Engine Works

Under the hood of Alteryx: tips, tricks and how-tos.
MeganDibble
Alteryx Community Team
Alteryx Community Team

This is the third article in the Reporting in Alteryx series. The first two articles are:

 

As much as corporate America likes to complain about email, it’s hard to do business without it. Email can be time-consuming. But what if you could use Alteryx to automate routine emails?

 

Enter: the Email tool.

 

Source: GIPHY

 

There are lots of interesting use cases for the Email tool—you can send an email when a workflow finishes running, you can set up emails for when something goes wrong in your workflow, or you can email out some version of the results of your workflow.

 

In the example I will walk through in this article, I email a summary data point and then attach an Excel sheet with the full data. Since Small Business Saturday is coming up next month, my use case is a small retail business with daily sales data from its POS system. If the store wants to email weekly reports to its stakeholders, it can use Alteryx to automate this process!

 

Building the Email

 

Before you start designing your emails and running your workflow, it’s important to note that there is an option to enable the Email tool in its configuration, which is checked by default. I recommend unchecking this option while developing your workflow so unnecessary emails are not sent. Then, you can check the box when you are ready to start testing.

 

Screen Shot 2022-10-17 at 3.47.57 PM.png

 

To set up the Email tool, you need to know the SMTP server name, port, and encryption for your organization's email system. If you get stuck, refer to the SMTP Troubleshooting knowledge base article and the Email tool help doc.

 

For the email components, you can either pull them from fields in your workflow or type them in the tool's configuration. For this article, I am pulling them from fields to make the example workflow more dynamic.

 

The Email tool will send an email for each row of data coming in, so make sure your incoming data is structured where each row has a different “To” email address (if there are multiple emails to send).

 

The from, to, and subject lines are easy enough—they are pulling from rows of data feeding into the tool. I used a Formula tool to create the header field based on the date in the input data. (Note: the data below is dummy data so that the workflow attached doesn’t send out emails to real people.)

 

Screen Shot 2022-10-17 at 3.57.22 PM.png

 

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I constructed the body field in a Report Text tool. This allows for including data fields in the text and more formatting options than a formula tool. I could get my email to look exactly like I wanted it to within the tool. I can even personalize the emails by including the recipient's name from my dataset—pretty cool!

 

Screen Shot 2022-10-18 at 3.03.11 PM.png

 

Now that we have the email components built out, let’s look at how to attach data.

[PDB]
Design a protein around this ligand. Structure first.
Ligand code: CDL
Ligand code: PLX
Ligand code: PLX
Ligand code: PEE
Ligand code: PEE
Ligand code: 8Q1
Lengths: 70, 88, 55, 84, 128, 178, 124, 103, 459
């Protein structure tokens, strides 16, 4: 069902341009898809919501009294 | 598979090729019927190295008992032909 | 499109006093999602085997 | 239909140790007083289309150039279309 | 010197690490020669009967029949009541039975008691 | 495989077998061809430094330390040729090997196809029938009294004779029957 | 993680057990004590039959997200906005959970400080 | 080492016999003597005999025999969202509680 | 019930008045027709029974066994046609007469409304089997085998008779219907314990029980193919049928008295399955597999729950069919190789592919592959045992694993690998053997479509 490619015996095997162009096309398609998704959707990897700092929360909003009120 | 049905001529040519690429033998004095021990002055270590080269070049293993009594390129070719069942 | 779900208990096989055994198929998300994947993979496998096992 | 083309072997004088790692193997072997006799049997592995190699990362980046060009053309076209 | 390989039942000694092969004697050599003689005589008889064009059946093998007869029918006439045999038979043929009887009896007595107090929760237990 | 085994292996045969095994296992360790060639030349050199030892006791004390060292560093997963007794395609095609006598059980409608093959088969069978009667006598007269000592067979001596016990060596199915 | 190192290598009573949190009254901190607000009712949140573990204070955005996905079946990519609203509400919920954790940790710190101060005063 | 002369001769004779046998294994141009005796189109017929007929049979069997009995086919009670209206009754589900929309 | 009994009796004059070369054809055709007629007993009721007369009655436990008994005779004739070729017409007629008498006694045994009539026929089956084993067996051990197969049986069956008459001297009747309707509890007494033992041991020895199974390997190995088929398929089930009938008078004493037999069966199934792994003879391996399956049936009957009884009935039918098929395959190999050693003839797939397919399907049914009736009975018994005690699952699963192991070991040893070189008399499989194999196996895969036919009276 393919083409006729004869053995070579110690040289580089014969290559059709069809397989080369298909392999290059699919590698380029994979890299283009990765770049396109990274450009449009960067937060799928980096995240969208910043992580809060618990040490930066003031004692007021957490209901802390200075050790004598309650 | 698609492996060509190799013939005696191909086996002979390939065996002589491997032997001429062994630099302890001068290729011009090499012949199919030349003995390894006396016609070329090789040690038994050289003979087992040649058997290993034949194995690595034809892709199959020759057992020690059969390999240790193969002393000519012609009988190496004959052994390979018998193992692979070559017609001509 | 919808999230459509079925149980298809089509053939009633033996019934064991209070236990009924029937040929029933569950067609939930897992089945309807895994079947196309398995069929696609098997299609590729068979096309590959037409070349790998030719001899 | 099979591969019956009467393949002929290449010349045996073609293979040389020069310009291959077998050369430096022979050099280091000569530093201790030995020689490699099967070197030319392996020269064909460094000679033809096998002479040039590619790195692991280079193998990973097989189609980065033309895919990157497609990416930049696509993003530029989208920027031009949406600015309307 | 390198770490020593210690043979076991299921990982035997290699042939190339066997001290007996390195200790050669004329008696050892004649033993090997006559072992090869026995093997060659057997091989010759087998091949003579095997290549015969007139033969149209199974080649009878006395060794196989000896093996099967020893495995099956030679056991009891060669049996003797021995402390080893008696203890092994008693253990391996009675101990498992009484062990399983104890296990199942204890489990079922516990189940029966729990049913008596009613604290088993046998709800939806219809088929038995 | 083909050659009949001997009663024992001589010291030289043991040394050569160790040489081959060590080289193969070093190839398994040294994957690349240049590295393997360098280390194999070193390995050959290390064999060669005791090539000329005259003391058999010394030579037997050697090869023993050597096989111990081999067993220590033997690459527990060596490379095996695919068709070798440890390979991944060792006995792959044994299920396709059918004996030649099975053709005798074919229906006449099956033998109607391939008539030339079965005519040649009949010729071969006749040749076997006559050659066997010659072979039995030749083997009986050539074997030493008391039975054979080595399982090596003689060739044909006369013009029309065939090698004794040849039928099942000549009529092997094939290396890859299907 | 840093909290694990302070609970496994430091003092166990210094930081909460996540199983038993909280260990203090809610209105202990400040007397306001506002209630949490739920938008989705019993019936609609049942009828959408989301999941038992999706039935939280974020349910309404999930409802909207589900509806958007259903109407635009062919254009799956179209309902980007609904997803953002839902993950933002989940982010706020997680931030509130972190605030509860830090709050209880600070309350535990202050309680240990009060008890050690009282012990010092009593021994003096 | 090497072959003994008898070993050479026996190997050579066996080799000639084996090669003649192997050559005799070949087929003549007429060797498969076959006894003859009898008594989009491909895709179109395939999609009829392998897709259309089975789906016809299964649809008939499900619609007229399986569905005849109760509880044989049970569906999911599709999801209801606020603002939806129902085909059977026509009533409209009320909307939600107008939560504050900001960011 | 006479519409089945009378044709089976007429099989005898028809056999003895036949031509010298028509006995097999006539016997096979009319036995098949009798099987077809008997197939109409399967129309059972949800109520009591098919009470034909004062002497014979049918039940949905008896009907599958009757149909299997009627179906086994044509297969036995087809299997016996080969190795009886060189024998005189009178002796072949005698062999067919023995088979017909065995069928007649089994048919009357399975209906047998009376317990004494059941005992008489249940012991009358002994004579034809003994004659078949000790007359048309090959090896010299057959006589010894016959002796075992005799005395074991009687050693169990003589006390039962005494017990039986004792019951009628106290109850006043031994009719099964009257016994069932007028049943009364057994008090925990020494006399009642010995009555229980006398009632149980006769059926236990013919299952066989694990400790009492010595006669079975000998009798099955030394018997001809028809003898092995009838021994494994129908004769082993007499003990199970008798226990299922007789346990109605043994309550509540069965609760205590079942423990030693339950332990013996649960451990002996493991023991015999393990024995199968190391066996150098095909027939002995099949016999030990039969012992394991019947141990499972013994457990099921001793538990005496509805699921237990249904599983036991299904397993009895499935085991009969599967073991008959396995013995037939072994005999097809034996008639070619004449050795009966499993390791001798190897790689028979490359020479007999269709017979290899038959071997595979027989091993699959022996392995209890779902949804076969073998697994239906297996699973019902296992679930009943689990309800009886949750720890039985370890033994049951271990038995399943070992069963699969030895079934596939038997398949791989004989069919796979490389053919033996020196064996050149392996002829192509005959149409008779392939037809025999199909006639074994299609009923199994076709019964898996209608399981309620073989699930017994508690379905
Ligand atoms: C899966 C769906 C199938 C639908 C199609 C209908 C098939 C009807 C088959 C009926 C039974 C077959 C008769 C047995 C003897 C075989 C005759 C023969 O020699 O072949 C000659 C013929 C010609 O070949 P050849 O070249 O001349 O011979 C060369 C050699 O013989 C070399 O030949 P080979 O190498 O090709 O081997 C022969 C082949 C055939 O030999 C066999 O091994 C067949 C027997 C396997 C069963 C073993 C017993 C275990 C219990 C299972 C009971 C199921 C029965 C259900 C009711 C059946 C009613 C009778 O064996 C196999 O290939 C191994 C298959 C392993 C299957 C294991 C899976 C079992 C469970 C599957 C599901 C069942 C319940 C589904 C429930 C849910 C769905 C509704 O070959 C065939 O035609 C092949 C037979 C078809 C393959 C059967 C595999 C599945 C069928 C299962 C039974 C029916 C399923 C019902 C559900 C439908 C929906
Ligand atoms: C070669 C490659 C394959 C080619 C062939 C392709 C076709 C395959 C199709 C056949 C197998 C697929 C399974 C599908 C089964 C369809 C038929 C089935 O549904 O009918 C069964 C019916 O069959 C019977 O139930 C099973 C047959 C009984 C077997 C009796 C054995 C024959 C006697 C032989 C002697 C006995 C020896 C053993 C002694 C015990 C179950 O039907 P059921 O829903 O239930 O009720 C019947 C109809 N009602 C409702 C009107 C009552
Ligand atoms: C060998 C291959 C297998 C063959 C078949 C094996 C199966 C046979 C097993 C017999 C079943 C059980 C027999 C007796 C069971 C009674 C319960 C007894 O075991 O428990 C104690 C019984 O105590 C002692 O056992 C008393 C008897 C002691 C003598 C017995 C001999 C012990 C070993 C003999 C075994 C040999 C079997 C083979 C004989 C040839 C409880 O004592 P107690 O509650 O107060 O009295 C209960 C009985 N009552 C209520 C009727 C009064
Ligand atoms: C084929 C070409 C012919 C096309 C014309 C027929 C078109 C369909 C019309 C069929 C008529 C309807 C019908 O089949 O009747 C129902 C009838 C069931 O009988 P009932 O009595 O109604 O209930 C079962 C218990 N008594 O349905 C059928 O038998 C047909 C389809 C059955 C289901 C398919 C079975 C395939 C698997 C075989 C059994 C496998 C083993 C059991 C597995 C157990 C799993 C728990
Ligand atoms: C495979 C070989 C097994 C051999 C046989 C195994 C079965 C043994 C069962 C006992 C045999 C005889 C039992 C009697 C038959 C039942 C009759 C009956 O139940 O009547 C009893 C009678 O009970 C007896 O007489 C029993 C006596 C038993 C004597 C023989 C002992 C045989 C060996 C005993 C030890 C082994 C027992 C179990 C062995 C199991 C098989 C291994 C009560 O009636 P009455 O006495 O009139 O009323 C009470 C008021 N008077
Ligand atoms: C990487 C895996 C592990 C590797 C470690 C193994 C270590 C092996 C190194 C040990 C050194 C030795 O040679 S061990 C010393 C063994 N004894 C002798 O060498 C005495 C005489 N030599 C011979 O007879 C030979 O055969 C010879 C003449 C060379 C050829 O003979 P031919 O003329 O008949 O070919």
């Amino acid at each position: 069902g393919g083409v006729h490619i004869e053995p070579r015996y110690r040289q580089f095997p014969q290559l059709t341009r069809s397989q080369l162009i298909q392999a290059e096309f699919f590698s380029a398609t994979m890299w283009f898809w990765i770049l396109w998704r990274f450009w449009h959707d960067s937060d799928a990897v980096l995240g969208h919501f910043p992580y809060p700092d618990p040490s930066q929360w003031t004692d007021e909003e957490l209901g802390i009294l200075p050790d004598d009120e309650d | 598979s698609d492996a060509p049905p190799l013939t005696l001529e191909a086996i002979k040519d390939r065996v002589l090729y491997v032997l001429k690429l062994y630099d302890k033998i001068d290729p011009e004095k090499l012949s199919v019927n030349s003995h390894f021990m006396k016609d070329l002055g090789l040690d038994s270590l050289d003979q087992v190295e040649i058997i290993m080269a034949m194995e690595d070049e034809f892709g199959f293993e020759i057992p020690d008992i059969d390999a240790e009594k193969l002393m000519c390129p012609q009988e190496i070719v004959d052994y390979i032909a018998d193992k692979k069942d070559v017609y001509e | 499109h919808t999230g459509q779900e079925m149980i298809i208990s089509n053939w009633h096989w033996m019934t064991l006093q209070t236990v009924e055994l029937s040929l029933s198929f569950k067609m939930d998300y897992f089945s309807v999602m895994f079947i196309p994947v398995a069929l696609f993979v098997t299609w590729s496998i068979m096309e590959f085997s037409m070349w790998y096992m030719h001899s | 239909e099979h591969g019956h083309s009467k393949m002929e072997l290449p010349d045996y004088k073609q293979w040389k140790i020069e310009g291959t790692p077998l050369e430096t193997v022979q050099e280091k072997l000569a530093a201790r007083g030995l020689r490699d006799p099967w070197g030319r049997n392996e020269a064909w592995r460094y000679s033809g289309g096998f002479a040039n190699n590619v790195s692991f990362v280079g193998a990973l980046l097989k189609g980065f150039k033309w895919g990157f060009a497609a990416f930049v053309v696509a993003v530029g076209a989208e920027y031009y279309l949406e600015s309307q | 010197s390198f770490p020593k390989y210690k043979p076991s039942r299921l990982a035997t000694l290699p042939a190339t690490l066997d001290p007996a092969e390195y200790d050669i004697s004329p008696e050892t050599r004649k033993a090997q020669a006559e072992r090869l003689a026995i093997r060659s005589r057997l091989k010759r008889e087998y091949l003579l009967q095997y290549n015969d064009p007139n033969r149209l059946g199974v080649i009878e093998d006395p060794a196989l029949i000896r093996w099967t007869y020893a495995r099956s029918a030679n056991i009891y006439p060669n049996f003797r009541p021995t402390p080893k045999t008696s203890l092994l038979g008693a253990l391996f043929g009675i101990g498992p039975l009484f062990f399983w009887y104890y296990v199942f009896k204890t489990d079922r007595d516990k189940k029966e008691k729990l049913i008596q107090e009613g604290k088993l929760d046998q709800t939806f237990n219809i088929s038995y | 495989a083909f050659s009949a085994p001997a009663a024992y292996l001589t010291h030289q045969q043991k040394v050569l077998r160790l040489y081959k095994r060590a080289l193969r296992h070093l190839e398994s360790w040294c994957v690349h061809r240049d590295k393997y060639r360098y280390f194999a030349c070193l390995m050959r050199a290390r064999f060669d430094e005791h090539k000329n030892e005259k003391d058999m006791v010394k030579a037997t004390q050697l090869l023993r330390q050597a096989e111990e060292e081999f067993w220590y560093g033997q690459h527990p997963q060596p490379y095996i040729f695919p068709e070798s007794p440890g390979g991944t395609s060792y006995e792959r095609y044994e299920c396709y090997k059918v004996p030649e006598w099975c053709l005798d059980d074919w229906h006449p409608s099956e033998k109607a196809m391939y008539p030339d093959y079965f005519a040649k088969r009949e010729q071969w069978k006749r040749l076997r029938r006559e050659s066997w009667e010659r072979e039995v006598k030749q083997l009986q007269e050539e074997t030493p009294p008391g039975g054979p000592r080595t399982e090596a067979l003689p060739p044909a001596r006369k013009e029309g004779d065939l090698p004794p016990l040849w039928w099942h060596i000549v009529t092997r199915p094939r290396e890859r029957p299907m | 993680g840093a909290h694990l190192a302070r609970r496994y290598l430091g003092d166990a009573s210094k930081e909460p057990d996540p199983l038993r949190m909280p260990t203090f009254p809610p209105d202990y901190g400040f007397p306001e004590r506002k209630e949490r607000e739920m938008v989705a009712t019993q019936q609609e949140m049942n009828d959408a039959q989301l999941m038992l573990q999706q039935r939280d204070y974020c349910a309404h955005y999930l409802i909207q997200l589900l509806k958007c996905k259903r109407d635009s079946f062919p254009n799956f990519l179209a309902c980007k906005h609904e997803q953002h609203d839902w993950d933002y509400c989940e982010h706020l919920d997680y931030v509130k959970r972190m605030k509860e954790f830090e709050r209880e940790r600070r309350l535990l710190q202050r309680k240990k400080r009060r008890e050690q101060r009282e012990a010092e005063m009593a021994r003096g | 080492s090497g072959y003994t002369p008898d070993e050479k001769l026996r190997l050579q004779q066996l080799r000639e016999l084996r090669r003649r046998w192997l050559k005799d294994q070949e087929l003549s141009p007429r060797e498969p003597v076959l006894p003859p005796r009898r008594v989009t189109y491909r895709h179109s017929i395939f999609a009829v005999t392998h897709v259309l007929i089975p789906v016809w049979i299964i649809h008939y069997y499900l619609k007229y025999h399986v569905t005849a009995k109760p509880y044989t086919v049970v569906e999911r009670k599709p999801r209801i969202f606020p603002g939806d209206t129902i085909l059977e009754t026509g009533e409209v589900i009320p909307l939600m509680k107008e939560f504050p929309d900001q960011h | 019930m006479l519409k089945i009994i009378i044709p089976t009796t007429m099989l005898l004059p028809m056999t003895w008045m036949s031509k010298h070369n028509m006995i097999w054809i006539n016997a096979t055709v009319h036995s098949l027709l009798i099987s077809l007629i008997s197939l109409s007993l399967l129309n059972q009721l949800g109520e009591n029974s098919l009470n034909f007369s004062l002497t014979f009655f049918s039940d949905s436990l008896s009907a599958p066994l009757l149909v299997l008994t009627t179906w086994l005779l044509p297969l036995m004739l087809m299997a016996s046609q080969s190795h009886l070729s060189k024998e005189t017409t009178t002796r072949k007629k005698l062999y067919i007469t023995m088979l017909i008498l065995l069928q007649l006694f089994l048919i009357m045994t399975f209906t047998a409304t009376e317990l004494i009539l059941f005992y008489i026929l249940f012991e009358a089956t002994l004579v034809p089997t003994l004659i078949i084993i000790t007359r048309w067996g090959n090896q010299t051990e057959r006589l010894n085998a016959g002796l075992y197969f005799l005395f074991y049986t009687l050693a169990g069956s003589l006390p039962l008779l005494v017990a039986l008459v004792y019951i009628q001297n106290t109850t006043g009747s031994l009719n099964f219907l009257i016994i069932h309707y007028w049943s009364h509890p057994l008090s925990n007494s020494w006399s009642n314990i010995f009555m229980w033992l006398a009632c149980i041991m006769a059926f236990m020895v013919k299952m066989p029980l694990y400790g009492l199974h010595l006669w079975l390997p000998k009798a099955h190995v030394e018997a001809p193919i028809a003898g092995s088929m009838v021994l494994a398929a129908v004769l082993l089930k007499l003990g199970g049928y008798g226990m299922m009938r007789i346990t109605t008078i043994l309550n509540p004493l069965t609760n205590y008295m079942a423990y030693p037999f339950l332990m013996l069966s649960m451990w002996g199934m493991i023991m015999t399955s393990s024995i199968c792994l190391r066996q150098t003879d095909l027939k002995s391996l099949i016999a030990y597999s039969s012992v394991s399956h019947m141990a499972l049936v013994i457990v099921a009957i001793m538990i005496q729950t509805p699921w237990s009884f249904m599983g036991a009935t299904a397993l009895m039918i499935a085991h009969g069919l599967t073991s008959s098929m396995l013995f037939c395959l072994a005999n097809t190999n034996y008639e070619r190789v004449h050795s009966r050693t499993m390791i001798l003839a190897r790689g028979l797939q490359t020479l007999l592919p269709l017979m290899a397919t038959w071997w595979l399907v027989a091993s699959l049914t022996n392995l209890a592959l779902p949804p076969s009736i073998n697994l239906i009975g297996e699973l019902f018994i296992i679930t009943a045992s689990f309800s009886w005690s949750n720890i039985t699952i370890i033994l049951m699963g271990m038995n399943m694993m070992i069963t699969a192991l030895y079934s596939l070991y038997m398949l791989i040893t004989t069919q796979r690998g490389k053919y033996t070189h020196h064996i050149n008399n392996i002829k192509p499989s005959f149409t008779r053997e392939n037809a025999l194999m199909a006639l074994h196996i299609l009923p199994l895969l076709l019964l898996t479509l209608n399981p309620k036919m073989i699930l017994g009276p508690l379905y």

Attaching the Data

 

I wanted to dynamically attach whatever is in the full input dataset. To do this, I first created the file name with the formula tool using the earliest date in the dataset. Then, I wrote the data using the “Change Entire File Path” option.

 

Screen Shot 2022-10-18 at 3.41.36 PM.png

 

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With this structure, you can receive new data each week and not have to update the workflow because the attachment data will be saved as a new file with the date in the file name.

 

Since I wanted to write the attachment data and send the email in the same workflow, I used the Block Until Done tool to ensure the data was written before any downstream process ran.

 

Screen Shot 2022-10-18 at 3.47.35 PM.png

 

I used the same file path (minus the sheet name) to attach the data to the email. Inside the email tool, under the attachments section, I clicked the add button. Then I configured the attachment as seen below:

 

Screen Shot 2022-10-18 at 3.49.28 PM.png

 

This way, the same data written earlier in the workflow will be attached to the email.

 

Sending the Email

 

On to the final piece—testing the email! Time to check the Enable option in the Email tool configuration.

 

I sent the email to myself for testing, and here is the result:

 

Screen Shot 2022-10-18 at 3.52.41 PM.png

 

I kept the email pretty simple, but I hope you can see through this example how powerful this tool is for automating business processes!

 

You could utilize some other reporting tools, like the Image, Table, or Interactive Chart tool, to include even more in the body of your emails. And if you had a different dataset to send to each recipient, you could put the email tool into a macro.

 

Hopefully, this short series on Reporting tools has shown you some new ways to streamline and automate your processes with Alteryx!

 

Is there a topic you would like me to write about next? Leave it in the comments :)

 

 

Resources:

Tool Mastery | Email

SMTP Troubleshooting

Megan Dibble
Sr. Content Manager

Hi, I'm Megan! I am a Sr. Content Manager at Alteryx. I work to make sure our blogs and podcast have high quality, helpful, and engaging content. As a data analyst turned writer, I am passionate about making analytics & data science accessible (and fun) for all. If there is content that you think the community is missing, feel free to message me--I would love to hear about it.

Hi, I'm Megan! I am a Sr. Content Manager at Alteryx. I work to make sure our blogs and podcast have high quality, helpful, and engaging content. As a data analyst turned writer, I am passionate about making analytics & data science accessible (and fun) for all. If there is content that you think the community is missing, feel free to message me--I would love to hear about it.

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